Chennai, April 25 - With 5.47 a.m. Thursday set for the blast-off of the Indian rocket carrying a remote sensing/earth observation satellite - Radar Imaging Satellite (Risat-1) - into space, the Indian space agency is fuelling the rocket's second stage with liquid propellant.
"The major activity today (Wednesday) is the filling up of the liquid fuel in the rocket's second stage. The countdown is progressing well and every system in the rocket is normal," a source in the Indian Space Research Organisation (ISRO) told IANS.
The indigenous Risat-1 with a life span of five years would be used for disaster prediction and agriculture forestry, and the high resolution pictures and microwave imaging could also be used for defence purposes.
The rocket is ready to escape the Earth's gravity to put India's heaviest microwave satellite, Risat-1, weighing 1,858 kg at an altitude of 480 km at an inclination of 97.552 degree.
The rocket that would sling Risat-1 will be the four-stage Polar Satellite Launch Vehicle's (PSLV) upgraded variant called PSLV-XL which would weigh 320 tonnes at lift-off.
Space scientists do not expect any problem with the PSLV's performance though it would be carrying its heaviest luggage so far.
"Depending on the satellite's weight, the rocket's centre of gravity would change. Slight changes will have to be made in the navigational parametres. The control systems would have to be tuned accordingly," an ISRO source said.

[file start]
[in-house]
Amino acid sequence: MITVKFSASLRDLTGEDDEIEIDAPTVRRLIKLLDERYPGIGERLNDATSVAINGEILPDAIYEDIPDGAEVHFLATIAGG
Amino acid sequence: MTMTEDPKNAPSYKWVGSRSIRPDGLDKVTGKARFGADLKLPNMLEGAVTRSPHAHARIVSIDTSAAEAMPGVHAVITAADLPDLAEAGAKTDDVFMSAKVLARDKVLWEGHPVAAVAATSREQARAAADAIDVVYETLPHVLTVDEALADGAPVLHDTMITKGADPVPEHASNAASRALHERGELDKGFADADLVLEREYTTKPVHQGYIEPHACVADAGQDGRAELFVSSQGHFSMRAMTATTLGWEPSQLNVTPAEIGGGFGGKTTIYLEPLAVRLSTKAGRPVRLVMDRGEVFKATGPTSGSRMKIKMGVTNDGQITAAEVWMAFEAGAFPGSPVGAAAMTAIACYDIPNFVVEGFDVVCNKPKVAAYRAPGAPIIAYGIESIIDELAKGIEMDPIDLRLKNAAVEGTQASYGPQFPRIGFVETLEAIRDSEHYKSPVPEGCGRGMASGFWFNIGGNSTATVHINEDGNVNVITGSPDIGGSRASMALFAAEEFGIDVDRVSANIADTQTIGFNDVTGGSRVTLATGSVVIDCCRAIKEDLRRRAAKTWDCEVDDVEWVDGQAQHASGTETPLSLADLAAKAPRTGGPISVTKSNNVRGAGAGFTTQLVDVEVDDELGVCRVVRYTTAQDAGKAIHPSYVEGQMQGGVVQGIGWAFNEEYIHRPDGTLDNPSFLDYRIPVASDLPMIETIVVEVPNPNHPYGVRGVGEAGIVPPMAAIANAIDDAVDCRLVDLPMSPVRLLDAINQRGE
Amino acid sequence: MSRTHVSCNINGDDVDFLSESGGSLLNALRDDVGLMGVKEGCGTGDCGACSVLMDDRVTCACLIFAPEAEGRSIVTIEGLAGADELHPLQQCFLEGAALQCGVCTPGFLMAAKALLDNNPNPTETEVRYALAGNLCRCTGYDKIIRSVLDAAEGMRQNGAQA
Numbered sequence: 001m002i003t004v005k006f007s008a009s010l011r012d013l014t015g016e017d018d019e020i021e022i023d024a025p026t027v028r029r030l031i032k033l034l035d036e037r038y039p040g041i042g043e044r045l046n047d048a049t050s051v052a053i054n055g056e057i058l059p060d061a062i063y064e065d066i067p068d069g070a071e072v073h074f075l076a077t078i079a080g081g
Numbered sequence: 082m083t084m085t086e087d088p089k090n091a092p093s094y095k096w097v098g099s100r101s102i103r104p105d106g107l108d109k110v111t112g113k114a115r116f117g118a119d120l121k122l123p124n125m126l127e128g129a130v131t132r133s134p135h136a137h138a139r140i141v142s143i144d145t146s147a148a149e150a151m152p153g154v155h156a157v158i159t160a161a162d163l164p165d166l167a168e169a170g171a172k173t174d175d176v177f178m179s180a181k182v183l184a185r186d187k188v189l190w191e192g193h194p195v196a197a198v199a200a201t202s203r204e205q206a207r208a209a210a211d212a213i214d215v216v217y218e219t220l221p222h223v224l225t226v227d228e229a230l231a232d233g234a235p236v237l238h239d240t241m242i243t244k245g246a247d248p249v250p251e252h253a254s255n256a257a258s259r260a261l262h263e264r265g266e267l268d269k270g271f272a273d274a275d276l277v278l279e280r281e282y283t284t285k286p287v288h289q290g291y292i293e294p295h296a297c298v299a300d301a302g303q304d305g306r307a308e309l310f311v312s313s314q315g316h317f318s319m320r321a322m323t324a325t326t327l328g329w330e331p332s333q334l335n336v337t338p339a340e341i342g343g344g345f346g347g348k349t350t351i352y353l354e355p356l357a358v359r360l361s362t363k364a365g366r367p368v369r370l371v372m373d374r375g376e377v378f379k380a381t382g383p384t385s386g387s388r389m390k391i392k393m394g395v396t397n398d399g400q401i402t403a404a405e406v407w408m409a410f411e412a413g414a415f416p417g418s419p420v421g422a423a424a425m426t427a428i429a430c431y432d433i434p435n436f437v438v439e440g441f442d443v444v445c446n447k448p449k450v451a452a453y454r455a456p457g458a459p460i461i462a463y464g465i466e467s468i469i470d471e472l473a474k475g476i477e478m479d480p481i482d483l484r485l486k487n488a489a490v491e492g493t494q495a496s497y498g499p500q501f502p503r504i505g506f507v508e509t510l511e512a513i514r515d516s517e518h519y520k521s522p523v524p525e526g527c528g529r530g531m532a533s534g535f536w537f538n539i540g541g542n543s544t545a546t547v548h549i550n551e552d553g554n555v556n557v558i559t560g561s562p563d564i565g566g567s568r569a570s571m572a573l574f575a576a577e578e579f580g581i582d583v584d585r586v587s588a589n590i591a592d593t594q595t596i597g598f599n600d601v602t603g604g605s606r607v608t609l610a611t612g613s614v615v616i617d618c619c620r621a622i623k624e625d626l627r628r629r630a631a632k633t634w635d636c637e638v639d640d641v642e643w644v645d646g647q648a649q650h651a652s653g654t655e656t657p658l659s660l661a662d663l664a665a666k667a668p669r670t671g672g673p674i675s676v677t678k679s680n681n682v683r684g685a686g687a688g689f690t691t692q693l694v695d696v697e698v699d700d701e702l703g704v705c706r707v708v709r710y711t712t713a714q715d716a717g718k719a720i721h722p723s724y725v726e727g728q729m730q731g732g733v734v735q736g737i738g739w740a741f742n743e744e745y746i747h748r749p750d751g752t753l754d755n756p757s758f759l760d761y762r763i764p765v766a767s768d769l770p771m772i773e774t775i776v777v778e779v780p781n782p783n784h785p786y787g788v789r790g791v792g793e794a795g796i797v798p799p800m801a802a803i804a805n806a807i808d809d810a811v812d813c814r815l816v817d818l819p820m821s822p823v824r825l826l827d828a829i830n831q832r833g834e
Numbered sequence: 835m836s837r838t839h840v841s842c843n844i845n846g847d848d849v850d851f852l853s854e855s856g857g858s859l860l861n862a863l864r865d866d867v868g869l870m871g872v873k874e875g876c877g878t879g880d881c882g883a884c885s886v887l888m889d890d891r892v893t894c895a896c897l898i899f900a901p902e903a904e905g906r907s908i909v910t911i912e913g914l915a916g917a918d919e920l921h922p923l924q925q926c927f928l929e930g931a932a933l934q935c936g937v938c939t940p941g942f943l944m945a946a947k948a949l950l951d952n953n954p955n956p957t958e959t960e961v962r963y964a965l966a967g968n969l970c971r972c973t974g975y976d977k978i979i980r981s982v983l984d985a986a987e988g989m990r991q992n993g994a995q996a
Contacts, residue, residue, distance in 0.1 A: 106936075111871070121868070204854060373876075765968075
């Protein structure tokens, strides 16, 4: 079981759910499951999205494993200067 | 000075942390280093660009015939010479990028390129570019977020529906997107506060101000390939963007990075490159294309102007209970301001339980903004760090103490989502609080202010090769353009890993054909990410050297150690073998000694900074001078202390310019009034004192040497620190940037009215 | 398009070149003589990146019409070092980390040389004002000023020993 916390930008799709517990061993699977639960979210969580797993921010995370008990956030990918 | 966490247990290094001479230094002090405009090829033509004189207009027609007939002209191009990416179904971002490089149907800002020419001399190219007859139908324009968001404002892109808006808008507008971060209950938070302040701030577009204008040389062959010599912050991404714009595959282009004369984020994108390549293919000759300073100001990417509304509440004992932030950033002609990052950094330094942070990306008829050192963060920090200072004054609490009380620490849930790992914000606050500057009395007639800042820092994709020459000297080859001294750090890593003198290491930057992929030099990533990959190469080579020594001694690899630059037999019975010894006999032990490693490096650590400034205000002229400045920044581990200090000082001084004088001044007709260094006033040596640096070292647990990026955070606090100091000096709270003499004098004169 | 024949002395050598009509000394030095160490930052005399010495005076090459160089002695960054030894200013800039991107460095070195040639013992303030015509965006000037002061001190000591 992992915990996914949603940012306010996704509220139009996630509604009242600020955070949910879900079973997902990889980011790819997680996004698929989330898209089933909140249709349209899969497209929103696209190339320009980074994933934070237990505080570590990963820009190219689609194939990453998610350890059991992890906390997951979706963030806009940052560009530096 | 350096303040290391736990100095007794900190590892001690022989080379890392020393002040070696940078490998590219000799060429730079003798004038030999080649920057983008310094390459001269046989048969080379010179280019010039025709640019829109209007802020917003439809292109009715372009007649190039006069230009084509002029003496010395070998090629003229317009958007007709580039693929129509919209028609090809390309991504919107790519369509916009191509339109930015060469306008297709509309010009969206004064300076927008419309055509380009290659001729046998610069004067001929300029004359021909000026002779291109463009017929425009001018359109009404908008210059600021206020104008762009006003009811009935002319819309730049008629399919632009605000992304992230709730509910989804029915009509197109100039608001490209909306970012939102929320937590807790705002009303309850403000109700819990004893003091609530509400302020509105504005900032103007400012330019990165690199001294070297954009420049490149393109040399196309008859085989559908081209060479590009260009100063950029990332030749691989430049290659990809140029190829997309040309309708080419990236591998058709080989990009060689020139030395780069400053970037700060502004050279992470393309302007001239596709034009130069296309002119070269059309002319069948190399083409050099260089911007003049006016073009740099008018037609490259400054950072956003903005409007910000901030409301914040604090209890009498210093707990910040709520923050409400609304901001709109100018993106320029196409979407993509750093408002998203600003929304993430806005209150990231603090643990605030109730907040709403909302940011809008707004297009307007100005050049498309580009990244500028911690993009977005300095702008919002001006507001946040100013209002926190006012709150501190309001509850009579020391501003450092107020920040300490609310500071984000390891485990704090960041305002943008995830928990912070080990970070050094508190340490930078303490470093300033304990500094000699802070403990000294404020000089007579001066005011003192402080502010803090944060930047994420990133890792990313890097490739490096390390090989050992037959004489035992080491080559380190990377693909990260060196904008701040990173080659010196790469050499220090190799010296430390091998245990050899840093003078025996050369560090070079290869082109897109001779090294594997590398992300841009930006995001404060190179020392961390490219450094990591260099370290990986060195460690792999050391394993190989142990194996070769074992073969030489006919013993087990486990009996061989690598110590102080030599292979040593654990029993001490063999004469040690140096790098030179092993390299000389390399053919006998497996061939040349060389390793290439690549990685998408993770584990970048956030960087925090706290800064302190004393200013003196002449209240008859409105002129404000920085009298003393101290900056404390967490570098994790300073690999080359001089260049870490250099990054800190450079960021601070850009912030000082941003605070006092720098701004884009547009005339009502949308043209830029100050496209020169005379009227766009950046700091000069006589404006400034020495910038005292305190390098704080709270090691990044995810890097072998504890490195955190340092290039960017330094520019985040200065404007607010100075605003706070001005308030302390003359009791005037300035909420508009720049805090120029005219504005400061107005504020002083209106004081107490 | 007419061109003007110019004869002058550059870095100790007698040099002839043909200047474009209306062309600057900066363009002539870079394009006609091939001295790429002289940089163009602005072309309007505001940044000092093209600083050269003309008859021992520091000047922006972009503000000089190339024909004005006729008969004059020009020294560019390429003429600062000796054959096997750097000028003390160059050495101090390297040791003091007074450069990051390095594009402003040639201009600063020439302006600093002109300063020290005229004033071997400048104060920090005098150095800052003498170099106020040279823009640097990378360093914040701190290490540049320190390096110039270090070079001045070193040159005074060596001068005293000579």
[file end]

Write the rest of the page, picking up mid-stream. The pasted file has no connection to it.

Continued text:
While satellite weight is a major criteria, the other metric is the altitude at which the rocket would sling its luggage.
Satellite mass to altitude is also related. The rocket would sling the satellite at 480 km Thursday and as such officials do not see any hitch in the mission ending successfully.
The PSLV's four stages are fuelled with solid and liquid propellants. The first and third stages have solid fuel while the second and fourth stages are powered by liquid fuel.
The PSLV rocket has earlier put satellites at altitudes ranging between 630 km to 820 km.
"Lower the weight of the satellite, PSLV can spit out the satellite at higher altitude and vice versa is also true," the ISRO source said.
According to ISRO officials, the rocket launch will be controlled by space scientists at the new mission control centre inaugurated by President Pratibha Patil this January.